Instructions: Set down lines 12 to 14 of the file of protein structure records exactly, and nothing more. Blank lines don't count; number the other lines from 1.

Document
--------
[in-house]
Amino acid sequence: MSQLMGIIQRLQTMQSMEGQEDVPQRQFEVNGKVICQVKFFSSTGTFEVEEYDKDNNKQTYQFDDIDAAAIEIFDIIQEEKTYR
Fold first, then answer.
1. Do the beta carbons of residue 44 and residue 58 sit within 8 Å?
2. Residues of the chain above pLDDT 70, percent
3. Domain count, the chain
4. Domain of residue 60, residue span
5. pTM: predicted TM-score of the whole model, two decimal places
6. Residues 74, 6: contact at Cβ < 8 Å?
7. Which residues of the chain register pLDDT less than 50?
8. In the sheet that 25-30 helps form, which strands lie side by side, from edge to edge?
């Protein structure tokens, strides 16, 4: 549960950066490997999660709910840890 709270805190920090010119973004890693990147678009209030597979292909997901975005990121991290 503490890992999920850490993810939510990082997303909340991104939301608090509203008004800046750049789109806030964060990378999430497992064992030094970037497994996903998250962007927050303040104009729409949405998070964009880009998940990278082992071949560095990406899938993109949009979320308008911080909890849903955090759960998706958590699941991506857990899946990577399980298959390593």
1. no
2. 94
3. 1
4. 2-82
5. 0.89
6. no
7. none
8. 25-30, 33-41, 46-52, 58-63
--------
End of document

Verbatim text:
């Protein structure tokens, strides 16, 4: 549960950066490997999660709910840890 709270805190920090010119973004890693990147678009209030597979292909997901975005990121991290 503490890992999920850490993810939510990082997303909340991104939301608090509203008004800046750049789109806030964060990378999430497992064992030094970037497994996903998250962007927050303040104009729409949405998070964009880009998940990278082992071949560095990406899938993109949009979320308008911080909890849903955090759960998706958590699941991506857990899946990577399980298959390593």
1. no
2. 94